Meet The Family
It’s one thing to know you need to do a better job communicating. But how do you actually get started?
When I ask her to tell me a skill that families need to manage succession, Tamara Fraser’s answer is researched and personal: “Communication is the most important thing.”
Fraser studied farm succession as part of her online Masters of Business Administration through Athabasca University a couple of years ago. Her applied learning project touched on all aspects of farm succession, including resources and tools to manage the financial and the emotional parts.
She’s also personally involved in the process of transferring a business. Her project crossed over with reality on about 8,500 acres in southwestern Saskatchewan, her husband’s family’s farm.
“Shawn’s family doesn’t scream communication but they’ve been amazing,” Tamara says. “Even as the daughter-in-law I am a part of the planning process.”
Being an integral part of the succession process and taking the financial leaps required to farm today have engaged the young mother to become more hands-on. This fall Tamara spent 47 days on the combine, harvesting some 5,500 seeded acres with her father-in-law, Scott. In true family-farm style, her mother-in-law, Bev, looked after their three children and kept up with meals and the farm books while they were in the field, and Shawn worked in the family’s secondary business in oil-field construction.
“Having ownership in the combine helped give me the confidence to drive it,” Tamara says. “If I wreck it, at least I own it.”
Tamara grew up and worked on farms and in her former career as CEO of a small hospital she has dealt with large operating and capital budgets. However, becoming an integral part of the farm and the succession process has made it easier for her to deal with the craziness of farming cycles.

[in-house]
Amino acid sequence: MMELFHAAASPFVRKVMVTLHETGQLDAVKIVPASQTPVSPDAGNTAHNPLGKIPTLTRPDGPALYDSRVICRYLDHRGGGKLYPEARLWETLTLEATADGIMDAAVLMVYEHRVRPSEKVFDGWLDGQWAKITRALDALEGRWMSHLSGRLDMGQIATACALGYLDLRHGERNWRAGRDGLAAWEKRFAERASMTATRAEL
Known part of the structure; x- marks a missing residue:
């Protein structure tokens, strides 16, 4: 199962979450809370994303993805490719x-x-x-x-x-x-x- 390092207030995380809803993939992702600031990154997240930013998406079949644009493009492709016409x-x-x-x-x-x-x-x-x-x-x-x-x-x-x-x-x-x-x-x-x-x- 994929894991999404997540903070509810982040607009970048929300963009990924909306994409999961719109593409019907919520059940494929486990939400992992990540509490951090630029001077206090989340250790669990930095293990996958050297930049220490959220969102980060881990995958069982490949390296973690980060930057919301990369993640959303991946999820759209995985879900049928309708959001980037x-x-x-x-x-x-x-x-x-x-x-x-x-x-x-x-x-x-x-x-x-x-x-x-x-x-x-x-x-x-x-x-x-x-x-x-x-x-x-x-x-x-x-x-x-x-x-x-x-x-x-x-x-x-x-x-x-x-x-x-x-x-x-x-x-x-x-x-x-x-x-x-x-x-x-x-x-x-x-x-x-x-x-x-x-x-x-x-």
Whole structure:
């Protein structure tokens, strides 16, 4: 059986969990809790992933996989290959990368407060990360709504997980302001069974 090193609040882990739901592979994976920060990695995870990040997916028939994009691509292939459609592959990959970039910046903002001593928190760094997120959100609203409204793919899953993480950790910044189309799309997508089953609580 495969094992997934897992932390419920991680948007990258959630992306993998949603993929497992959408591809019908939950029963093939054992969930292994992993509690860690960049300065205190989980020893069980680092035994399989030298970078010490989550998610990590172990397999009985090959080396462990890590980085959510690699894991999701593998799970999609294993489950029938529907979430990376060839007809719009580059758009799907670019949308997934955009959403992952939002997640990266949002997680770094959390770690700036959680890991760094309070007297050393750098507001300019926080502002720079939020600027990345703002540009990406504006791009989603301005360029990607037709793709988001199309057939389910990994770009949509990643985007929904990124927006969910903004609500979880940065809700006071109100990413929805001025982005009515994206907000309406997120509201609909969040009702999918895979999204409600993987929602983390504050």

“Even when I was working in the hospital there was a disconnect,” Tamara says. “I understood that the money is in the field and it needs to be in the bin but it’s different if you’re out there harvesting it.”
Unfortunately, the high interest rates in the 80s chewed her family’s farm into bankruptcy, and dealing with that lost opportunity, not the fear of failure, has been the most difficult part of the succession process for her.
“I swore I wouldn’t come back to a farm,” says Tamara. “If Scott and Bev didn’t support my involvement, and instead held me at arm’s length, I don’t know if I could do it.”
To fuel the succession process, Scott and Tamara went to a presentation by someone Tamara had read about in her research, Elaine Froese. Froese, an author and conflict resolution coach from Manitoba, said it’s very motivating to share the reasons why all family members are important to the operation.
So when Scott drew Tamara’s name in the Christmas gift draw, he tucked in a letter telling her why she was important to the family farm and to them. This quiet communication still chokes her with emotion. “It’s amazing to feel so valued,” she says.
To help them deal with the daunting barriers and processes the Frasers ended up hiring Froese. “Bring in resources and start somewhere. Whether that’s with communication or having an insurance agent or a lawyer or an accountant, pick a spot and start,” says Tamara. “You can only eat an elephant one bite at a time.”